There can be a ridge on the waveguide wall below the stripline as well as on the waveguide wall above the stripline. The height of the ridge or ridges can increase toward the stripline in steps or continuously.

The described structural configuration of the transition facilitates mass production with relatively low cost so that a transition of this kind can be advantageously used in a anticollision radar device for automobiles in order, for example, to be able to connect a Gunn oscillator therein to a stripline.

BRIEF DESCRIPTION OF THE DRAWINGS

FIG. 1a shows a longitudinal section through a transition from a waveguide to a stripline with a stepped ridge.

FIG. 1b shows a conical cross-section shape of an exemplary embodiment of the ridge according to the present invention.

FIG. 1c shows a conical cross-section shape of another exemplary embodiment of the ridge according to the preset invention.

FIG. 2a shows a longitudinal section with a transition with continuous ridge throughout.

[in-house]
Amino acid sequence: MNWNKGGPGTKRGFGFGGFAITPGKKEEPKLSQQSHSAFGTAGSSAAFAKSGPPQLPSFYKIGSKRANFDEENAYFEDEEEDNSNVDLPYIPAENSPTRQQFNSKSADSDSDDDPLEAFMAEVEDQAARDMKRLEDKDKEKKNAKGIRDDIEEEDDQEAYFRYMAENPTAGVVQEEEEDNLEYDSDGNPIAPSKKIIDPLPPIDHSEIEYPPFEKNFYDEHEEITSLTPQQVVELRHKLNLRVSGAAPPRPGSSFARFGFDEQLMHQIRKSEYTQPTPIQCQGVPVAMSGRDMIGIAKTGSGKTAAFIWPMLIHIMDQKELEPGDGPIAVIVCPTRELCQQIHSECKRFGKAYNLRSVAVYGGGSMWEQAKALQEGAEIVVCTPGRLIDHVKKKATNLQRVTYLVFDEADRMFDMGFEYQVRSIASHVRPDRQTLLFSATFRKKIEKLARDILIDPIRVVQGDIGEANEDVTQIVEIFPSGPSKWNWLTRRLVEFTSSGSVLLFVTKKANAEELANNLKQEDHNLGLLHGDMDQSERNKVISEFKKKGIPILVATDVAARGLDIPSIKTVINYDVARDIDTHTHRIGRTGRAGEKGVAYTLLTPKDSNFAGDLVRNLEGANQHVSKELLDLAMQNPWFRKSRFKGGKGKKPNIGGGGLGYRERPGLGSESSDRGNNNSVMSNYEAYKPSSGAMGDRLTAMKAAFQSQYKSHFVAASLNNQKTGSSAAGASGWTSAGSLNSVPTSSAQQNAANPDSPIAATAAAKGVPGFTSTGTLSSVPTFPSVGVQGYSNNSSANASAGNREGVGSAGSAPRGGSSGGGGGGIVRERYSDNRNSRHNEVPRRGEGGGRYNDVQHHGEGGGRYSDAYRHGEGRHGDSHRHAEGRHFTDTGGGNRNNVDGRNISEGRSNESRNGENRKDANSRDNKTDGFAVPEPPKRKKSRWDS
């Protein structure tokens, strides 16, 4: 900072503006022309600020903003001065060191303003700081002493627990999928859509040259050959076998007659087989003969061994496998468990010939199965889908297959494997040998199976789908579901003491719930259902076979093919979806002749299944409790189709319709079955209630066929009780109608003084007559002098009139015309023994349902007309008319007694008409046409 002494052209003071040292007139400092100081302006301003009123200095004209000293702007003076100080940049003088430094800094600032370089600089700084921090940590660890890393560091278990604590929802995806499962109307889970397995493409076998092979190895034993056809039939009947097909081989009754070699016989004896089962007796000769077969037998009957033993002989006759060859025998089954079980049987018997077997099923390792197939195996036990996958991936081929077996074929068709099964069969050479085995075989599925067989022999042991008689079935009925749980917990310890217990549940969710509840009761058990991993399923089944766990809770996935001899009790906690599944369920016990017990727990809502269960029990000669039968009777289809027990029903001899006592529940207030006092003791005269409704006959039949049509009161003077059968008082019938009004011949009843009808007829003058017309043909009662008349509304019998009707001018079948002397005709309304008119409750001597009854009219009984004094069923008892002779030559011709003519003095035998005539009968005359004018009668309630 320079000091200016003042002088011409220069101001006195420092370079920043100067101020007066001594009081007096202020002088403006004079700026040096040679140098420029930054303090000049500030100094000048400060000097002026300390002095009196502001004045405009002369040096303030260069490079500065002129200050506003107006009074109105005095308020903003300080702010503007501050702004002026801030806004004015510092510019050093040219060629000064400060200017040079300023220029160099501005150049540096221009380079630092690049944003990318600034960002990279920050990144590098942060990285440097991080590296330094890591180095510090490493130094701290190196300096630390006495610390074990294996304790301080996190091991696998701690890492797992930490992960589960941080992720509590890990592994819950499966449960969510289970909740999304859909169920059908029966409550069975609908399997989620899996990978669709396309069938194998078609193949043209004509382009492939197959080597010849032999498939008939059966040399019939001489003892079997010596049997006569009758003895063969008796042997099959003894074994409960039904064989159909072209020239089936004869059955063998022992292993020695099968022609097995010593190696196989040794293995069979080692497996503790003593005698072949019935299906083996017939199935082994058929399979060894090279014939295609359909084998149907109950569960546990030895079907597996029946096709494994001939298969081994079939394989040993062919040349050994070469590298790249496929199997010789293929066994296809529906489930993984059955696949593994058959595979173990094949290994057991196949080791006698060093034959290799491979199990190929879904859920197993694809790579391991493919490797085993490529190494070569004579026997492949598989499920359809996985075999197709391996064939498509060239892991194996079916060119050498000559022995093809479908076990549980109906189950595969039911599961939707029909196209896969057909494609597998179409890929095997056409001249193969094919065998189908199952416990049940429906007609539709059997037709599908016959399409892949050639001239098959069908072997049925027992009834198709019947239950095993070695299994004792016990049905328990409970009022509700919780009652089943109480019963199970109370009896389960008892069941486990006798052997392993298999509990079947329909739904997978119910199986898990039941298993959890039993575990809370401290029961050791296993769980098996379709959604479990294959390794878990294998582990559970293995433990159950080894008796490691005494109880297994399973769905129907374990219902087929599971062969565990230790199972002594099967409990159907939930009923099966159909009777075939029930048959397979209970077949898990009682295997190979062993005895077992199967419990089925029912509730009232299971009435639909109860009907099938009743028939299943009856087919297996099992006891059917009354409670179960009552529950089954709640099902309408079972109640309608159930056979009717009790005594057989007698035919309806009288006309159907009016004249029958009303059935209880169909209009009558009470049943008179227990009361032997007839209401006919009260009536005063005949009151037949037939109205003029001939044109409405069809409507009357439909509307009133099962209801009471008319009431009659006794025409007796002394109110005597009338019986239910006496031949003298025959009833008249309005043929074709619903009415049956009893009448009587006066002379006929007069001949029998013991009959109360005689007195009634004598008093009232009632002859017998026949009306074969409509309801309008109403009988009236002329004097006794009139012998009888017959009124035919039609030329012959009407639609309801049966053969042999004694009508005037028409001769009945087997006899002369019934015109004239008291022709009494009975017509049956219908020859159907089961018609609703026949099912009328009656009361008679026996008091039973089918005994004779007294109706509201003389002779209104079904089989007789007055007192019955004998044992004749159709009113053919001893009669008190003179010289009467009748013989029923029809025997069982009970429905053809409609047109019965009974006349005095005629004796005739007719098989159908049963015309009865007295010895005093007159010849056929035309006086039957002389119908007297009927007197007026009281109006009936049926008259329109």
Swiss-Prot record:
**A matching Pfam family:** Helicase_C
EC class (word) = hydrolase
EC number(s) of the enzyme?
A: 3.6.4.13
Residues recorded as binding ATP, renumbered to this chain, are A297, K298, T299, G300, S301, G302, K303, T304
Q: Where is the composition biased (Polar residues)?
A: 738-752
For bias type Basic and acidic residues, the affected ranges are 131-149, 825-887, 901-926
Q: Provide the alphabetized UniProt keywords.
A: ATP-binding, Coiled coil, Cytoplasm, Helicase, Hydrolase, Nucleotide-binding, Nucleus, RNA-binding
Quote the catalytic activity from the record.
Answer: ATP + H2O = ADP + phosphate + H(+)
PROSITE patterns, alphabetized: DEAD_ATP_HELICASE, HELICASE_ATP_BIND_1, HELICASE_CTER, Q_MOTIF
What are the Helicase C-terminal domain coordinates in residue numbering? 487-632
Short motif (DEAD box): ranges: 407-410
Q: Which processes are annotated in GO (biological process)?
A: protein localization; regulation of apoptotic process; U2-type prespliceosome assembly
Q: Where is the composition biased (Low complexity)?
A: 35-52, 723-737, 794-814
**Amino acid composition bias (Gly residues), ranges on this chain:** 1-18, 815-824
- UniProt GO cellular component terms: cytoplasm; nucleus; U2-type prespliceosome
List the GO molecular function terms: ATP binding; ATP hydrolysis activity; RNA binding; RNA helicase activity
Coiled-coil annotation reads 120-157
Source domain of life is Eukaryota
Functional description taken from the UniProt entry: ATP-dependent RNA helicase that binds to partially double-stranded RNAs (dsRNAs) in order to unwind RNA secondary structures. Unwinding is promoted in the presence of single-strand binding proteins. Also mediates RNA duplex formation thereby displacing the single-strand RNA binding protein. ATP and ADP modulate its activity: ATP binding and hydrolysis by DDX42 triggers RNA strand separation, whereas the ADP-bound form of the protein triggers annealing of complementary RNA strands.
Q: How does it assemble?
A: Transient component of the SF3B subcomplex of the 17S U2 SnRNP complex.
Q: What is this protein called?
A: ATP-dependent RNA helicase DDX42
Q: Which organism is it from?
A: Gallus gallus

FIG. 2b shows a cross section through the transition according to FIG. 2a.

FIG. 3a shows a transition with a stepped continuous ridge.

FIG. 3b shows cross section through the transition according to FIG. 3a.

FIG. 4a shows a transition with two ridges.

FIG. 4b shows a cross section through the transition according to FIG. 4a.

DETAILED DESCRIPTION OF AN EXAMPLE EMBODIMENT OF THE PRESENT INVENTION

In the following, like references numerals refer to like parts.

In FIG. 1a, a cross section through a waveguide 1 is depicted, which transitions onto a stripline 3 supported by a substrate 2. For the transition from waveguide 1 to stripline 3, there is a ridge 5 on the wall of the waveguide 4 across from the stripline 3, the ridge running in the longitudinal direction of waveguide 1 and its height increasing in the direction of the stripline 3 in steps. This ridge 5, which forms a cross-section transformation, is bonded to stripline 3 at the point which forms the smallest waveguide cross section. Bonding can take place in various ways. For example, substrate 2 with stripline 3 can, as can be seen in FIG. 1a, be inserted into waveguide 1 below ridge 5 so that ridge 5 lies against stripline 3 and can be bonded to it through soldering or gluing. Ridge 5 can also be bonded via a conductive ribbon to stripline 3 which terminates in front of waveguide 1.